Trends in the Well-Being of America's Children and Youth, 1997. SD 3.1 Cigarette smoking

04/01/1997

Cigarette smoking is the single most preventable cause of death in the United States. The Centers for Disease Control estimates that one in five deaths are caused by tobacco use.15 Youthful smoking can have severe, lifelong consequences because a large proportion of those who initiate smoking in adolescence will continue to smoke as adults.16 In addition, youths who smoke are also more likely to use illicit drugs and to drink more heavily than their peers who do not smoke.17

Data from two in-school national surveys, the Youth Risk Behavior Surveillance and The Monitoring the Future Survey, indicate that smoking among youth has increased in recent years.

  • Daily smoking among 12th grade students had decreased sharply in the late 1970s, but has begun to increase again in recent years, as reflected by the Monitoring the Future Study. Between 1992 and 1996, the percentage of 12th graders who reported smoking daily increased from 17.2 percent to 22.2 percent (see Figure SD 3.1).
  • Data for 8th and 10th grade students, available from 1991 through 1996, also show recent increases in the percentage of students who reported smoking daily, from 7.2 percent to 10.4 percent among 8th grade students and from 12.6 percent to 18.3 percent among 10th grade students (see Table SD 3.1.A).
  • Increases in the prevalence of current smoking among youths are also reflected in the results from the Youth Risk Behavior Survey. Current smoking means smoking on one or more of the previous 30 days (see Table SD 3.1.B).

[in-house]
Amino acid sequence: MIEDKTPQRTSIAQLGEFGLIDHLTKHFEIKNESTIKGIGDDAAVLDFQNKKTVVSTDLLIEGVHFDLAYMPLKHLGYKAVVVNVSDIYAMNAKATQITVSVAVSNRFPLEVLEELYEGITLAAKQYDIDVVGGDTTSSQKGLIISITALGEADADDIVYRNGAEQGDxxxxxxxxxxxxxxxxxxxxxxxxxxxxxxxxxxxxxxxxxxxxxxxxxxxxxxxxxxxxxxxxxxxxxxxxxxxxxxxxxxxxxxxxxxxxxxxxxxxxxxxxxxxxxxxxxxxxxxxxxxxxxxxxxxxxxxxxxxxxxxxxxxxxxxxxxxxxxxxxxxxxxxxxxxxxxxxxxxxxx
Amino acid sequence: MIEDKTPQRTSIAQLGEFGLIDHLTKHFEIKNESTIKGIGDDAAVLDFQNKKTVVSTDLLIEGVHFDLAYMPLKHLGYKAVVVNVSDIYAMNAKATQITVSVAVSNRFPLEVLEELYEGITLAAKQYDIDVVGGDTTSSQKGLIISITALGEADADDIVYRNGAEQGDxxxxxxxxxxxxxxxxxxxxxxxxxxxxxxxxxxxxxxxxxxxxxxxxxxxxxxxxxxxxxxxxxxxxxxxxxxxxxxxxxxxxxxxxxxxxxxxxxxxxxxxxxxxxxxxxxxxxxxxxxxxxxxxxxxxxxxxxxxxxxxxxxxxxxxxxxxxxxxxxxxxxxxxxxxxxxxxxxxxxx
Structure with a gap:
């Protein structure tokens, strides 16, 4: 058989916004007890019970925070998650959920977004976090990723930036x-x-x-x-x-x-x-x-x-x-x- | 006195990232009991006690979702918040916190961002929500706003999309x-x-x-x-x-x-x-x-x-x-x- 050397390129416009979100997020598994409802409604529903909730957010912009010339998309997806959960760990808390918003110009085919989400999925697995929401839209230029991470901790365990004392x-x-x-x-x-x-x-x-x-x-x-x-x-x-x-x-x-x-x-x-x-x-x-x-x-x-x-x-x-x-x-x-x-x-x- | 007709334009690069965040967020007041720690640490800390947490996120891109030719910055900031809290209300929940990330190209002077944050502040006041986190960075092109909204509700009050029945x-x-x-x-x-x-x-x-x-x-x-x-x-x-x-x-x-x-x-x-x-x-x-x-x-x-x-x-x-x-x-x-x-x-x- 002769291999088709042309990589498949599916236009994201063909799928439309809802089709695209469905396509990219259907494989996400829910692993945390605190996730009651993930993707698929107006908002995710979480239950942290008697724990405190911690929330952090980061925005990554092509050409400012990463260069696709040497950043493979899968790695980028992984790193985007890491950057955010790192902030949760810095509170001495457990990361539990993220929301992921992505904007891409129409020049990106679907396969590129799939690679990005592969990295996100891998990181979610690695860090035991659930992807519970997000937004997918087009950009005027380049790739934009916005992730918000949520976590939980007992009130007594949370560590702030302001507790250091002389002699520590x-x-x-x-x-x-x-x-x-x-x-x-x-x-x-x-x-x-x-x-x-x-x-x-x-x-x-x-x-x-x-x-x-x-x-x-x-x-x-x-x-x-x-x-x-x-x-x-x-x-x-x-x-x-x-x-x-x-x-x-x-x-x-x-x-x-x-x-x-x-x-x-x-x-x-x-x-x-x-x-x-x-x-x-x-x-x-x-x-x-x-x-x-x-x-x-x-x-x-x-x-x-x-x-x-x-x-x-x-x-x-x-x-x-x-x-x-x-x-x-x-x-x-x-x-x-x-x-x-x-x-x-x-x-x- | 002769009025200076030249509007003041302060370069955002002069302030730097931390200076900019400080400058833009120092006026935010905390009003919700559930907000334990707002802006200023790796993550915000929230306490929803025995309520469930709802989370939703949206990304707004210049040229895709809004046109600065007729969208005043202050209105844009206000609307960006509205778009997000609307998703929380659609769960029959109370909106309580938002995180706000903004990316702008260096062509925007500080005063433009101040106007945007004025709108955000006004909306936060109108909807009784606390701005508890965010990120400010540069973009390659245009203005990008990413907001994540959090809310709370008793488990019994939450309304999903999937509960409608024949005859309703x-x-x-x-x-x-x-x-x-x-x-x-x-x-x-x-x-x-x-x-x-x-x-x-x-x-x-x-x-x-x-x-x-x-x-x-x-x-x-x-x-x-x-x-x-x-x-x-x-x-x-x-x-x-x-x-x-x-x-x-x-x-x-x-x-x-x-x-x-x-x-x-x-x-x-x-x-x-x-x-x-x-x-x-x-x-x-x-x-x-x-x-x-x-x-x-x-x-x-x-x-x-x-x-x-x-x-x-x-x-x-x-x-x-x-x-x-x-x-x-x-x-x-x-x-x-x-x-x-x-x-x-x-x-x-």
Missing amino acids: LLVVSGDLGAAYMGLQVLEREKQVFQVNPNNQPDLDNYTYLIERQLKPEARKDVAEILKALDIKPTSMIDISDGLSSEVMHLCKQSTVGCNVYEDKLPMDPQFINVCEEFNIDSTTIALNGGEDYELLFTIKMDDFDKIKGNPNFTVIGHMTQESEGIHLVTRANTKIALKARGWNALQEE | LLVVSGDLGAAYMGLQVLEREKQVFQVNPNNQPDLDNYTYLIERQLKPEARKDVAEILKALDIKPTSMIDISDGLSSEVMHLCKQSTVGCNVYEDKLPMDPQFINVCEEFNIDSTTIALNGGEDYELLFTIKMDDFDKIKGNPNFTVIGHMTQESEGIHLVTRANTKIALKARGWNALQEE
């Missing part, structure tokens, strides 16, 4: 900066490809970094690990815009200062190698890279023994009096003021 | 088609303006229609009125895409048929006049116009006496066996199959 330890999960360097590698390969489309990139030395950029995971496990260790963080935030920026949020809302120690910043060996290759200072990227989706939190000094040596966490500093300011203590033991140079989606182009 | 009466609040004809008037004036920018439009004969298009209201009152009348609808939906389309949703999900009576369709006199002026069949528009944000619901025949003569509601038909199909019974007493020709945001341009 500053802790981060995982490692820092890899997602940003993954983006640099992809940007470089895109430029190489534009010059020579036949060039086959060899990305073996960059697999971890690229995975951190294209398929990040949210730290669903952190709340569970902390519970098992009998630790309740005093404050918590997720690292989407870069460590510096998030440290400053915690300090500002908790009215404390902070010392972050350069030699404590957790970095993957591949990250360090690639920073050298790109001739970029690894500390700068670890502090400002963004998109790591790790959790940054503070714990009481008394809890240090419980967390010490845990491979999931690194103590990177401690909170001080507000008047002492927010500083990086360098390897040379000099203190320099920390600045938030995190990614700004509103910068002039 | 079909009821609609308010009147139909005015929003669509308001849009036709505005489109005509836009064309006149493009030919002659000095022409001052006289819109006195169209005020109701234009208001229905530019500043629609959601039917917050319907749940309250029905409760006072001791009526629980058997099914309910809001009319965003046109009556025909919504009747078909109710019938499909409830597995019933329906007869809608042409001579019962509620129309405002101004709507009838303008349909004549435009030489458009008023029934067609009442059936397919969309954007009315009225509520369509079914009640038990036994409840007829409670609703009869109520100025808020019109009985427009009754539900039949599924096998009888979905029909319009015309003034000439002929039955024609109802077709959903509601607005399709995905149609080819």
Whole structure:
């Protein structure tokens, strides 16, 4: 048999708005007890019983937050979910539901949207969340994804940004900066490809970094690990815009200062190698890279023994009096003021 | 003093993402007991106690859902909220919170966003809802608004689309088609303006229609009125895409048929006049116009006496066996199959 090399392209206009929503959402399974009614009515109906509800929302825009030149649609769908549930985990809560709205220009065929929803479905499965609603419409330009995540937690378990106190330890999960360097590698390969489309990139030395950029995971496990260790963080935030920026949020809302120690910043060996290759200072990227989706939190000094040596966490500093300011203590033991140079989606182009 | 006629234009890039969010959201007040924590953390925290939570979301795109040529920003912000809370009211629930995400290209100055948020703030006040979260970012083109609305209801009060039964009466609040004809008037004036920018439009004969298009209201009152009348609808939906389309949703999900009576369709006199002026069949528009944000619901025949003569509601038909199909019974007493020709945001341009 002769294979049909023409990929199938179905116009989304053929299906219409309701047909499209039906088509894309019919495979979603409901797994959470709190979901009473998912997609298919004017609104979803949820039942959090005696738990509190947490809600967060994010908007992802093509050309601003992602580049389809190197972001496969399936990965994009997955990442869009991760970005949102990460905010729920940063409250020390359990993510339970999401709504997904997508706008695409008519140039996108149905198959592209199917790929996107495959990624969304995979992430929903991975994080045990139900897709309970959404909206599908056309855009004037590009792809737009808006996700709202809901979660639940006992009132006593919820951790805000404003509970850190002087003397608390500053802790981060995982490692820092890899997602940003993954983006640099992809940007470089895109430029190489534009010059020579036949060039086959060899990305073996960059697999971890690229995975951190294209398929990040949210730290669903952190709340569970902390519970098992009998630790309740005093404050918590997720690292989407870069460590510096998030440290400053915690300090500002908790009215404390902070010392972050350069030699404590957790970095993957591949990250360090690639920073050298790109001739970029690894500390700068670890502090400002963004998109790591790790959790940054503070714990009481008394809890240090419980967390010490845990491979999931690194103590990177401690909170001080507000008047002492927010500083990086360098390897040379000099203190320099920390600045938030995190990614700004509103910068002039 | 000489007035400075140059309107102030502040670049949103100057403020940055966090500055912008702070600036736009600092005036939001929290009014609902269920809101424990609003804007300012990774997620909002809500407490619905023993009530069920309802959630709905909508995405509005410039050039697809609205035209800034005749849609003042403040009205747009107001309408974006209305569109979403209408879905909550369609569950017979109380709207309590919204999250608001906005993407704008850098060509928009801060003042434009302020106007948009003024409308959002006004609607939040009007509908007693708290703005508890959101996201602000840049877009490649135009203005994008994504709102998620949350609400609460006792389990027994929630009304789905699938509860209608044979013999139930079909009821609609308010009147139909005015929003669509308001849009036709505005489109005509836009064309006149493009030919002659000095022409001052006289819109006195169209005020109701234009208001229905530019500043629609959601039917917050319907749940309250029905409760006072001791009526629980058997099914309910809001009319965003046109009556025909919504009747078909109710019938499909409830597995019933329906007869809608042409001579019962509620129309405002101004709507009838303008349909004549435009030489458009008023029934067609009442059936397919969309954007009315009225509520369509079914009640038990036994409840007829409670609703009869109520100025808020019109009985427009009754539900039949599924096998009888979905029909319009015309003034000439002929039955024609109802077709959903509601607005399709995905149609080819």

Differences by Age. In general, as age and/or grade increases, so does the prevalence of smoking. In 1996, the percentage of students who report daily smoking was 10.4 percent among 8th graders, 18.3 percent among 10th graders, and 22.2 percent among 12th grade students (see Figure SD 3.1).

Differences by Race.18 White students consistently have the highest rates of smoking, while black students consistently have the lowest (see Table SD 3.1.B). The prevalence of current19 smoking among white students is about twice that of black students. White students are twice as likely as Hispanic students and four times as likely as black students to be frequent20 smokers.

Differences by Gender. There is little to no difference in the prevalence of smoking between males and females, with the exception of black youth. Among black youth in grades 9-12, black males were significantly more likely than black females in 1995 to report current smoking. This disparity became apparent only in 1995, when current and frequent smoking rates for black males increased over the previous year, while the comparable rates among black females had declined the only group for whom a decline is seen (see Table SD 3.1.B).

Prevalence of smoking by frequency. Two to three times the percentage of students report current smoking (smoking on one or more of the previous 30 days) than report frequent (smoking on 20 or more of the previous 30 days) or daily smoking (see Table SD 3.1.B). This is apparent across all grades and for all the race and ethnic groups shown.
 

Figure SD 3.1  
Percentage of 8th, 10th, and 12th Grade Students Who Report Smoking Cigarettes Daily Over the Previous 30 Days: 1975-1996 

SD3_1.GIF

Source: Johnston, L.D., OMalley, P.M. and Bachman, J.G. National Survey Results on Drug Use from the Monitoring the Future Study, 1975-1995. Rockville, Maryland: National Institute of Health. National Institute on Drug Abuse, NIH Pub. No. 97-4139, 1997. Institute for Social Research, University of Michigan. 1996 data from: The Monitoring the Future Study, The University of Michigan. Cigarette smoking continues to rise among American teenagers in 1996. Press release of December 19, 1996.